It’s like old times with the rabid anti-abortion protestors coming to town. This is the week that the well-known national hate group Operation Save America is converging on Milwaukee to scream at passers-by and harass women coming to appointments at local abortion clinics. This time, unlike 20 years ago, there will be trained security at the clinics and no counter-protests, no linking of arms and singing We Shall Overcome. Typing that, I wonder if we really sang We Shall Overcome or we just felt it in our hearts but, in any event, we haven’t yet overcome because abortion is still a right in doubt, a provisional right dangling now by the thinnest thread . Happily, Garbage Fyre Fighters from the Abortion Access Front rallying and making fun of the zealots. We here in Milwaukee are grateful for good organizers and strong humor. Hate groups hate humor.
I found a birthday note for Jilly signed by Gram and Gramps stuck in Best American Short Stories, 2008, edited by Salman Rushdie. The book was in a Little Free Library in Milwaukee’s South Shore Park, next to the Best American Short Stories of 2006, 2010, and 2012, all of them ripe for the taking, like peaches in a bowl on the kitchen table. The card is much older than the book and the handwriting is even older, careful and ornate but shaky at the same time. there is this P.S. at the bottom of the card.
I found the poems my first boyfriend wrote me. Please return.
I’m going to keep the note for Jilly, just in case.
I spent part of the week between a rock and a hard place. On the horns of a dilemma, in a fat headache of situational ethics, conflicted and chagrined, all of which I soothed by buying extraordinary amounts of cheese and crackers at Costco along with a forty-pound jug of animal crackers. Don’t believe me? Here’s the proof.
Alright. It’s four pounds, not forty. Still.
I won’t say I suffered through the week – there being so much food, wine, and beer laying around – but I sure was consternated. The dilemma came down to dueling principles and I sided on the one that involved having made a personal commitment. I’d explain more but it would be pointless at this point. There are new waves to surf.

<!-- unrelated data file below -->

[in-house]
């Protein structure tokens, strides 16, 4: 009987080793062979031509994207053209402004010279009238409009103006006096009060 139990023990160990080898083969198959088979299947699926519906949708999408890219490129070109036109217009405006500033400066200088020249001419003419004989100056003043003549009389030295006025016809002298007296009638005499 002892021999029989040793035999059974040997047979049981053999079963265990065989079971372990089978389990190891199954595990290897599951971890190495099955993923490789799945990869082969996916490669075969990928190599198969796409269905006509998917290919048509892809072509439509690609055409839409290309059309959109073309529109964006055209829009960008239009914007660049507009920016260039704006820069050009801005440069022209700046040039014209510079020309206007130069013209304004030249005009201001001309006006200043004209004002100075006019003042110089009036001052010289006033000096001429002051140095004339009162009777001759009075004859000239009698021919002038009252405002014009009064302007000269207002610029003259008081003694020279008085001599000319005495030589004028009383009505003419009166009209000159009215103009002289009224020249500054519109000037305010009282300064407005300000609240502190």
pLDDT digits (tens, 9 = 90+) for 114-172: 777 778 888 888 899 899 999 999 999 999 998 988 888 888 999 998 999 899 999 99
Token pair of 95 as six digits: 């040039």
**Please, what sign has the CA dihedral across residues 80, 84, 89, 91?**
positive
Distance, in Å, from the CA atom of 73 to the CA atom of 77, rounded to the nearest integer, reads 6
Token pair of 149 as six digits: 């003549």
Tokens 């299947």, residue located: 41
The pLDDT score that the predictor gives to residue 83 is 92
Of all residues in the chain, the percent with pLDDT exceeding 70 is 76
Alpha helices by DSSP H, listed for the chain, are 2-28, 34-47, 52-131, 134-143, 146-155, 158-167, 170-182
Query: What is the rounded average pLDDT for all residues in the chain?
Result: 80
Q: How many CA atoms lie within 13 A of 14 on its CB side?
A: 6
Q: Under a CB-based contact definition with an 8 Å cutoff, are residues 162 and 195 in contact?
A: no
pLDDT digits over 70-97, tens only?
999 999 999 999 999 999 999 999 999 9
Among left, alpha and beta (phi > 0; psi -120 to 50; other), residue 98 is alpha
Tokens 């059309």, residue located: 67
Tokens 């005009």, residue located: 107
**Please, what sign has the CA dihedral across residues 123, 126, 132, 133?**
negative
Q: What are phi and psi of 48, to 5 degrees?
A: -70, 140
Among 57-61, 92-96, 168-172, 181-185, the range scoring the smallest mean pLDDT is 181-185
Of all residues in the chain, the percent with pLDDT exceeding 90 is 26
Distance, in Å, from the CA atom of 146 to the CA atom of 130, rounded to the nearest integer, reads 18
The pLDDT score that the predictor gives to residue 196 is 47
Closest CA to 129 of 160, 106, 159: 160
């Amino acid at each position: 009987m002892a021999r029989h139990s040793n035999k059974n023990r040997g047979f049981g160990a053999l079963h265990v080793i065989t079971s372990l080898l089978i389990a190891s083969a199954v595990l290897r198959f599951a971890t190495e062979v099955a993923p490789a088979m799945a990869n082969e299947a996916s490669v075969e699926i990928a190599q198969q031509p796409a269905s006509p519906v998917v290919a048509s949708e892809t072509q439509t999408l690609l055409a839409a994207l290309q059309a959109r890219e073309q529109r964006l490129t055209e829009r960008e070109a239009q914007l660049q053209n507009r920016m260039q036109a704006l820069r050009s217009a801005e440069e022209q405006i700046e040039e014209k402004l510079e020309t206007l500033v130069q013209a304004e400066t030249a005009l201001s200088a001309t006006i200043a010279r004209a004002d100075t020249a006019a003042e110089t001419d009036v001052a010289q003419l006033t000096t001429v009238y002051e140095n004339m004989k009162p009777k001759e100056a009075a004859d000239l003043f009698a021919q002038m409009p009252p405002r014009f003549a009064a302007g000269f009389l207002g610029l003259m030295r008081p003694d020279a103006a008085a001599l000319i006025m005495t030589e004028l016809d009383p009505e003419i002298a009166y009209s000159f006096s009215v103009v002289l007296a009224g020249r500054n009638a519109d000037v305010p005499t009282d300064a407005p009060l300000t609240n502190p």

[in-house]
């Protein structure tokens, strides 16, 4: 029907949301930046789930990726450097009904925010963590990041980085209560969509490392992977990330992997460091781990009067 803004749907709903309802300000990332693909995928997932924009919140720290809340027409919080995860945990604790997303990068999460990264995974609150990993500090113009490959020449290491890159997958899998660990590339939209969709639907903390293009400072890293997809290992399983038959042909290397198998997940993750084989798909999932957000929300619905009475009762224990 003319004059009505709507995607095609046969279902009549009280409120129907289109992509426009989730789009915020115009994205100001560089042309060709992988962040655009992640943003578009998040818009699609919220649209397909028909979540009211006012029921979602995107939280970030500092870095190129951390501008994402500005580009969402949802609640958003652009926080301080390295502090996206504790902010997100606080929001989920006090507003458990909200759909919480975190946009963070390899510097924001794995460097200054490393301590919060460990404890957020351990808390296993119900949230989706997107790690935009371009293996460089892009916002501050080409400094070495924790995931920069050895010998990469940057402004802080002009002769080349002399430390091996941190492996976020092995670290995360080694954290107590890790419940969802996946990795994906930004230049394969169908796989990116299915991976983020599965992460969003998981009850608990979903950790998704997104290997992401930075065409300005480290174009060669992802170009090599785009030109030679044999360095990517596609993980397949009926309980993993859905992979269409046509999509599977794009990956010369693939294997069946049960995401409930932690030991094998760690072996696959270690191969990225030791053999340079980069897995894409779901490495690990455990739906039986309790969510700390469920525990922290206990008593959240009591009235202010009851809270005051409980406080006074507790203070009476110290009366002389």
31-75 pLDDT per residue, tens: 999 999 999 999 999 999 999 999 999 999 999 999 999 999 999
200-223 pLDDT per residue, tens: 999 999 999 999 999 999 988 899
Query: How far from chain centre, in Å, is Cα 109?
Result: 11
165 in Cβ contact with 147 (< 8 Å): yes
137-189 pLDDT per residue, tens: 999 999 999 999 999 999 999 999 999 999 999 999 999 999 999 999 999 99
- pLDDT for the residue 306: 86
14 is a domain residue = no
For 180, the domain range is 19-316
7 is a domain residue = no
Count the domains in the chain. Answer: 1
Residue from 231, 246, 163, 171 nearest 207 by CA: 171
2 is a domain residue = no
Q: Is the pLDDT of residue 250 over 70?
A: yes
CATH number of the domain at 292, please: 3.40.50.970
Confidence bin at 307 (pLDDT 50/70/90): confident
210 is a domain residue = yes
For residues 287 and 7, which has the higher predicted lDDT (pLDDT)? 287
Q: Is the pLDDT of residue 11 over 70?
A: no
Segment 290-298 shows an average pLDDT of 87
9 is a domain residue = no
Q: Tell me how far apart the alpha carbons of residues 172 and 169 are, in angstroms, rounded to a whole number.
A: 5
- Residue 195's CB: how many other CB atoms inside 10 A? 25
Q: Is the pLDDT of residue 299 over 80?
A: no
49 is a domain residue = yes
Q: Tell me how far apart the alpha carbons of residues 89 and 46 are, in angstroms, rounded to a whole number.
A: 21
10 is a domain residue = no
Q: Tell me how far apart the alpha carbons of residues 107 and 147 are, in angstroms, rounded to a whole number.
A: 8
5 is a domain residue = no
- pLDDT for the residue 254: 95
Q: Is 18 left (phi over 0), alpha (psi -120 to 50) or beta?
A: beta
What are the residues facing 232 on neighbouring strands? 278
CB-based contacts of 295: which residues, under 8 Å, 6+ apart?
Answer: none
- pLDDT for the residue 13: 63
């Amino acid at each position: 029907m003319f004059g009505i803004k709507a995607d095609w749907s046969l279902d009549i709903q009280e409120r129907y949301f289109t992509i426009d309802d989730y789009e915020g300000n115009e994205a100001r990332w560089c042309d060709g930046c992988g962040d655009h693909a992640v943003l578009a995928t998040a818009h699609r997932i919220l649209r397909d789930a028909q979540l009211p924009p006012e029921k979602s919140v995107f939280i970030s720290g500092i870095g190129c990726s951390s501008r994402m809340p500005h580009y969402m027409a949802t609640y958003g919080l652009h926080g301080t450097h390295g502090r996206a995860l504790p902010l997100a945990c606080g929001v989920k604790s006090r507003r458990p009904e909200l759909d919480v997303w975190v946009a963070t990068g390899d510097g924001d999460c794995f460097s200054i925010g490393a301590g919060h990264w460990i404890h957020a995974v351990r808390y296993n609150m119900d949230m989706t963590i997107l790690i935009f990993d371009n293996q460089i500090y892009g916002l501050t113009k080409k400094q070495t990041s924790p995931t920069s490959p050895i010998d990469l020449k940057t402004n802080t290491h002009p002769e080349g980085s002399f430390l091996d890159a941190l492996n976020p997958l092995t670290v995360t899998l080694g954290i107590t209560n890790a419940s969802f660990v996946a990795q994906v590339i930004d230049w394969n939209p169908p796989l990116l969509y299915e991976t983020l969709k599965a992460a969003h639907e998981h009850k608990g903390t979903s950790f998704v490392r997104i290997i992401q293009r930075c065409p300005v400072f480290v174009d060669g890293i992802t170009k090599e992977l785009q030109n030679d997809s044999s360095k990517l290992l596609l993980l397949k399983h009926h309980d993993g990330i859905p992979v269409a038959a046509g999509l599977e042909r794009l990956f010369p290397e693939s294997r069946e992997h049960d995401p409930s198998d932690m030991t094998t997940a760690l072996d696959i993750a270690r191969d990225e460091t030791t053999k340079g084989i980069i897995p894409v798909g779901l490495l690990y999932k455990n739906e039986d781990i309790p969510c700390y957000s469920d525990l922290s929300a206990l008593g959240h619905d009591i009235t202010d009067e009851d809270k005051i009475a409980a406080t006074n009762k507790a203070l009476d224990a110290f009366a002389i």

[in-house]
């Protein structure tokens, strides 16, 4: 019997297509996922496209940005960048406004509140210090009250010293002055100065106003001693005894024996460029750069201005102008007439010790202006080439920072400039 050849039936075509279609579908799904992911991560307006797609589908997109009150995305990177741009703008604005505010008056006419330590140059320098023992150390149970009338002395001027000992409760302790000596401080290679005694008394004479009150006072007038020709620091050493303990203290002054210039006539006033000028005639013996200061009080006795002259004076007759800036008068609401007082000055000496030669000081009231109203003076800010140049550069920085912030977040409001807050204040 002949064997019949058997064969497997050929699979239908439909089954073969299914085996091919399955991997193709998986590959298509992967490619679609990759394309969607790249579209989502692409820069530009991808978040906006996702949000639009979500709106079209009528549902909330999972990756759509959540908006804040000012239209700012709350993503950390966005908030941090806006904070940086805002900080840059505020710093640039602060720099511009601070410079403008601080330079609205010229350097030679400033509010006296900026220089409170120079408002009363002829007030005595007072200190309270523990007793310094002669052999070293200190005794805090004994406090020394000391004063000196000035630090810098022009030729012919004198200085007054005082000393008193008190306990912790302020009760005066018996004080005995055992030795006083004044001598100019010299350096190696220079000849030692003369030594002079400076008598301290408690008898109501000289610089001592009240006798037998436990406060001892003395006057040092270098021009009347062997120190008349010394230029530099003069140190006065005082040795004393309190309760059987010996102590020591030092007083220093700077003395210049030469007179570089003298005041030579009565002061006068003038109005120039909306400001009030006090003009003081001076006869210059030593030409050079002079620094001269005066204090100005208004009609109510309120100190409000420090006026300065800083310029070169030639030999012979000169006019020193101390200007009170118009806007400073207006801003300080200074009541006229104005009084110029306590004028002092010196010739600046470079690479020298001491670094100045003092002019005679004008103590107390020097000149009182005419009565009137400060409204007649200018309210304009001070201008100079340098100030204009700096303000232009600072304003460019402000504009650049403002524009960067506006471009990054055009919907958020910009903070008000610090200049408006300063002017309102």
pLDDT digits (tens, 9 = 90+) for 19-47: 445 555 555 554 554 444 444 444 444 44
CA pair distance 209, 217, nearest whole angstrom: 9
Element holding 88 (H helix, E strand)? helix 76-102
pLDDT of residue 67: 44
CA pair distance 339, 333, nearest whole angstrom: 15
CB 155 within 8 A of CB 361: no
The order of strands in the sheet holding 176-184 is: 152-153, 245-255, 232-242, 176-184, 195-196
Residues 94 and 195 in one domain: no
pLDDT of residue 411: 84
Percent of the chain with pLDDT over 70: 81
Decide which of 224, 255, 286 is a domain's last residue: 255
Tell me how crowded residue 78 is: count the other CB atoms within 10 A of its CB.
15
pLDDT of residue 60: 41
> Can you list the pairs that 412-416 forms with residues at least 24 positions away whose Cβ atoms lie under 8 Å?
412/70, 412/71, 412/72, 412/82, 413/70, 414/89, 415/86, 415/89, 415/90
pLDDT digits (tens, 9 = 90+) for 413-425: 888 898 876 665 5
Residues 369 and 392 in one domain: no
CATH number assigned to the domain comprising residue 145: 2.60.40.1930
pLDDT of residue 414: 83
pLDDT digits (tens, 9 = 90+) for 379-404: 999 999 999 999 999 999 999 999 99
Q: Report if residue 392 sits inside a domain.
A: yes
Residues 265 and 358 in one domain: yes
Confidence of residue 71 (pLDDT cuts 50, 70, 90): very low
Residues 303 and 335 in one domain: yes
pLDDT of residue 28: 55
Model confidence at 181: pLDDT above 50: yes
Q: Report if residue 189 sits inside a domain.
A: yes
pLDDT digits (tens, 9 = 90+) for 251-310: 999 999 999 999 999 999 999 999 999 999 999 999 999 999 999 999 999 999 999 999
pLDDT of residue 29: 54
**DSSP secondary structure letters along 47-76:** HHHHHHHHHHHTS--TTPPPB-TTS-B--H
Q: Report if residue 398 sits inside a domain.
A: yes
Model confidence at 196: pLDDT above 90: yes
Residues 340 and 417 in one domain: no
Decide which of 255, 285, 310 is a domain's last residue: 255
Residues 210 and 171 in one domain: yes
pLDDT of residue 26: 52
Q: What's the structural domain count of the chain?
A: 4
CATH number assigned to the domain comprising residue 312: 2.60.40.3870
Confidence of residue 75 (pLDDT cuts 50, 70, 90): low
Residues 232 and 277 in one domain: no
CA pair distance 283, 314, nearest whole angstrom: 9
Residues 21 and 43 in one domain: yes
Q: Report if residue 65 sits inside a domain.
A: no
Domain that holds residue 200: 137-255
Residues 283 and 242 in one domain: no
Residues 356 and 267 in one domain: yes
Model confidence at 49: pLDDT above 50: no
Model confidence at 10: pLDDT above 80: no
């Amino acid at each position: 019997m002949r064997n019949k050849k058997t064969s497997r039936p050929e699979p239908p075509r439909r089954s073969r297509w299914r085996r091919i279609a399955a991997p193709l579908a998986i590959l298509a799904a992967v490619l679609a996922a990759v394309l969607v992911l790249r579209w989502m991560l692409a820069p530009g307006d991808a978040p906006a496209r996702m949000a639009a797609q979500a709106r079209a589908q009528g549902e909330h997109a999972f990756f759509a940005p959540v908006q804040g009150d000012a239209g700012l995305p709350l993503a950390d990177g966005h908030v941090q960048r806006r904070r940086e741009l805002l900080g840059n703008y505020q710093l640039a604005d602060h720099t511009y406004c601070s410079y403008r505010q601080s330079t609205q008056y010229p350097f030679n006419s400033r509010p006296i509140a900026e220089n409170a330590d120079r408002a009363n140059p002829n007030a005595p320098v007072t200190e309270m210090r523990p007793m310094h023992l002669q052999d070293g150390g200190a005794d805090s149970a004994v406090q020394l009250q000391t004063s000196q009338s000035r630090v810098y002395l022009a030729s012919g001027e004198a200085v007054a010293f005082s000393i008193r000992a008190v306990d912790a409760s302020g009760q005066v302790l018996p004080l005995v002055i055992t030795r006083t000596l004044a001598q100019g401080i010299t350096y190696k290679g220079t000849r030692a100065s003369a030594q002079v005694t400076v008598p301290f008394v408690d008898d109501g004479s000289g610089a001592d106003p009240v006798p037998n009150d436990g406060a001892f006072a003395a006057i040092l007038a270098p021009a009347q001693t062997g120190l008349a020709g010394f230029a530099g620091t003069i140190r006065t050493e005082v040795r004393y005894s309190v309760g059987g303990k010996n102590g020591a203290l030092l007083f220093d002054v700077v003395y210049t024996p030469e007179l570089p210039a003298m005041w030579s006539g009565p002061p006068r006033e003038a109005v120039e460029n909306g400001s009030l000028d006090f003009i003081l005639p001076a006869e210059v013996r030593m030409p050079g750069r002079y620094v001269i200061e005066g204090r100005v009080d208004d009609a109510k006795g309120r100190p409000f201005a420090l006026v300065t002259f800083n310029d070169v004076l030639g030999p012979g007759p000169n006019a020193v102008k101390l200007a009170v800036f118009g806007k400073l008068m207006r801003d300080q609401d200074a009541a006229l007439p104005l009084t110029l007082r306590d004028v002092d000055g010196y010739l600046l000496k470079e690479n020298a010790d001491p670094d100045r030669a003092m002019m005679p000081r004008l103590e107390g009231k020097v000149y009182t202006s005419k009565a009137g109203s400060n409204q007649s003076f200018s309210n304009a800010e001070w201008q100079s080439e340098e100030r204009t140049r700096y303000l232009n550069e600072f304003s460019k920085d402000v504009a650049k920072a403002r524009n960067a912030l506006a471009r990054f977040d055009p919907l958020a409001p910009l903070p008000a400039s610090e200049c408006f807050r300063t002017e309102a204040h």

Flamethrowers burn out. I’ve seen it dozens of times. A new person appears on the scene from out of nowhere. Maybe a hundred people have been working hard on a problem, parsing it, teasing out solutions, trying to change the world step by painful step. And the new person – always smart and bright and engaging and different – shows up and decides that the process and the people involved in it are all useless. Flamethrowers don’t ask questions, though. They don’t spend time inquiring or gathering data or learning the process by which progress is made, however imperceptible it may seem, they just pour more gasoline on the torch they always carry in their purse and let fly. AOC – as much as I love her fearlessness and her brilliance – is a flamethrower. I hope she stays around long enough to also become a powerhouse legislator. It’s a harder skill to learn and harder still to practice. We’ll see.
I’m out of gum. There isn’t a stick of gum anywhere in this house, on any dresser top, in any drawer, or in any pocket. My house is a gum desert.